Q. Ethical behaviour may be defined in terms of duties. Many philosophers have argued that certain core duties are imperatives, and as such will always apply, regardless of circumstances. Critically analyse (150 words)14 Dec, 2018 GS Paper 4 Theoretical Questions
- Briefly describe ethical behaviour.
- Explain the deontological approach.
- Provide criticism of Deontological approach.
- Provide conclusion.
- Behaviour can be said to be ethical if it can be justified as morally right. There are several approaches to judge whether an action is ethically right or not.
- There are some philosophers who consider an action as ethical on the basis of their consequences.
- On the other hand some philosophers judge actions on the basis of performance of certain duties and obligations, which are considered by these philosophers as imperatives, such an approach to ethics is Deontological approach to ethics.
- In the Deontological approach, focus is on the duties and obligations in a given situation, and consider what ethical obligations one has and what things one should never do. Ethical conduct is defined by doing one’s duties and doing the right thing, and the goal is performing the correct action.
- Immanuel Kant, the foremost philosopher of Deontology, proposed a moral law called “categorical imperative” stating that morality is derived from rationality. According to Kant there are “categorical imperatives” which are in nature of absolute commands and need to be obeyed without exception for action to be judged as ethical.
- According to Kant, ethics based on the consequences are based up on hypothetical imperative and do not have moral sanction. The lack of absoluteness in consequential approach makes them a matter of desire. For instance, where a Public Servant has to take a decision where among stakeholders, one’s gain is others loss e.g. in situation of land acquisition for setting up factory, farmers livelihood is lost but at the same time there will be job creation for Youths. In such a situation Consequential approach becomes a matter of preference for Public Servant with no objective guide to arrive at moral action.
- This framework has the advantage of creating a system of rules that has consistent expectations of all people. If an action is ethically required, it would apply to every person in a given situation. Thus, speaking truth in all situations is categorical imperative which is applicable universally.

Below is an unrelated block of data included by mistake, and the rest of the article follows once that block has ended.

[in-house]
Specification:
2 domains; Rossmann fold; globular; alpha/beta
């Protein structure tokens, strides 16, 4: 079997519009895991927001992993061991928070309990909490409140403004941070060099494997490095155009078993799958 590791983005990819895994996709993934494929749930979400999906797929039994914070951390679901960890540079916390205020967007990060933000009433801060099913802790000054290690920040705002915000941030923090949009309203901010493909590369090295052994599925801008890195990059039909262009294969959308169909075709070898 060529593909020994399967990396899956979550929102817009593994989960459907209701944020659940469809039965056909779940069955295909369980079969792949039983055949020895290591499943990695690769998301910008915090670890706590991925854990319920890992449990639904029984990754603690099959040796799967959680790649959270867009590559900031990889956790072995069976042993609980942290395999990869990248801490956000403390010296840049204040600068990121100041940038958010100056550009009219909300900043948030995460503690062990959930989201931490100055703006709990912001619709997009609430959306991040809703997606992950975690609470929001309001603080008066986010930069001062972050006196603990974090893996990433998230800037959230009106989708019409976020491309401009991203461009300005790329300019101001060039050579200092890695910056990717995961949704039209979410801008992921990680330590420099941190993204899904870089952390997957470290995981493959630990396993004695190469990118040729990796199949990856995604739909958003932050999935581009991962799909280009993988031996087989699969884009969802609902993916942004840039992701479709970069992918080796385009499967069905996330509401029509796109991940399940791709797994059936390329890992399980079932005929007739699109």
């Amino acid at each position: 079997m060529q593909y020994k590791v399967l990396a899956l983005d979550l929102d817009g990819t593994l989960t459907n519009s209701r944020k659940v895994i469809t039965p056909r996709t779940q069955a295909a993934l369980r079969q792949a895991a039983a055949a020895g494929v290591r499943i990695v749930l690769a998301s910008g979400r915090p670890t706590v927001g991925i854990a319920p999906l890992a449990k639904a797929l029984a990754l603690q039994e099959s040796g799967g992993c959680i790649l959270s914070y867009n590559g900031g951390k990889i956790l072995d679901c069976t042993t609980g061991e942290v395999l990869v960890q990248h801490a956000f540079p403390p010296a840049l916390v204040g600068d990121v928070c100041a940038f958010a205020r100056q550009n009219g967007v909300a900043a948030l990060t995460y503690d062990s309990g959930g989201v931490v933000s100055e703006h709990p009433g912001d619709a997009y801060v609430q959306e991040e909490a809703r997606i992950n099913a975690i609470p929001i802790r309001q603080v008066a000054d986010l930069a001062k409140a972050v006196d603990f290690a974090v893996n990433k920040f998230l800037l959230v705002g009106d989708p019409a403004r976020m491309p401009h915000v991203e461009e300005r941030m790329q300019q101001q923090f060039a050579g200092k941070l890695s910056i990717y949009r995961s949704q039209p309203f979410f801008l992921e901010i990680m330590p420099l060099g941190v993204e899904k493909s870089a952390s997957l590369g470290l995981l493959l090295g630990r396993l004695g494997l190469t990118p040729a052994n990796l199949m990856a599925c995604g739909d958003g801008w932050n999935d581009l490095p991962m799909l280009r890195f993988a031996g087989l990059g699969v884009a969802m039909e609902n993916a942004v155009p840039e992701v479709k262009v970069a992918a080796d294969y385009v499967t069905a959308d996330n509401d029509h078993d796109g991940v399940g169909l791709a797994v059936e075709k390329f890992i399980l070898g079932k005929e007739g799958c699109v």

- This approach is helpful in resolving dilemmas a civil servant may face during performance of duty where a course of action may resolve a genuine problem by going against established procedure. The categorical imperative of giving precedence to duty helps in resolving such dilemmas.
- This notion of finding a universal moral standard has been criticised by philosophers who argue that because of cultural differences in societies, arriving at absolute standards of morality is not possible.
- This approach can introduce impersonality by eliminating all the emotions for example empathy, which in certain situation can allow an individual to perform better in terms of ethics e.g. in achieving common good.
- This approach may require actions which are known to produce harms, even though they are strictly in keeping with a particular moral rule. For example, in situations like Second World War, where German bureaucrats may justify their actions as result of duty or obligations cast up on them.
- It also does not provide a way to determine which duty we should follow if we are presented with a situation in which two or more duties conflict.
- It can also be rigid in applying the notion of duty to everyone regardless of personal situation.
- There are multiple approaches to ethics. Judging human behaviour on the basis of a single absolute imperative is likely to produce undesirable situation. The moral standard should be contextual or absolute depending upon the specificity of case.
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